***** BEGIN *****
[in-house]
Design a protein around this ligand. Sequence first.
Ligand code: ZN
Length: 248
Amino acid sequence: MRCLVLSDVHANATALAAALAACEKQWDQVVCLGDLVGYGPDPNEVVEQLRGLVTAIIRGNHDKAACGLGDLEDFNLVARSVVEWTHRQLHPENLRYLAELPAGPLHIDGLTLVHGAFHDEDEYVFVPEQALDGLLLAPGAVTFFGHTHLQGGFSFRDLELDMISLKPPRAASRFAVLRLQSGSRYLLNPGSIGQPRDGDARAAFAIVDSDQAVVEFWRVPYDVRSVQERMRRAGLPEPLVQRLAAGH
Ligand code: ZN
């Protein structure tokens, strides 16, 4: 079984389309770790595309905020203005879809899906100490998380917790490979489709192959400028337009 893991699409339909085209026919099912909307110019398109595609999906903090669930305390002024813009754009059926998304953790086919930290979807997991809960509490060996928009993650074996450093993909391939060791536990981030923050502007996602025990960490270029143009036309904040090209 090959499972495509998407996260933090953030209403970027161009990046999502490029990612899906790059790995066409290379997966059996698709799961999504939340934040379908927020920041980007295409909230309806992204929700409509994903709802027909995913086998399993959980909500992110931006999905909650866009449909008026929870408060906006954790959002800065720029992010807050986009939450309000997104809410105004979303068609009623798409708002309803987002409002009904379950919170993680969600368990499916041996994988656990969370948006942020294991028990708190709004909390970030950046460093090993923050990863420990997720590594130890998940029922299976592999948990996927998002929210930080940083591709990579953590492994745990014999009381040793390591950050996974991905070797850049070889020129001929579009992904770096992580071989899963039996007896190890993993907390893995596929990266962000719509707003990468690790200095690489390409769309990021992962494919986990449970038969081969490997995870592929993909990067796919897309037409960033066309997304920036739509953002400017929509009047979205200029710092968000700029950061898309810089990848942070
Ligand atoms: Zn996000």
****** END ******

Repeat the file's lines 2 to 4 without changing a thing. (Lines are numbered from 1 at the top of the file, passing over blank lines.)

Design a protein around this ligand. Sequence first.
Ligand code: ZN
Length: 248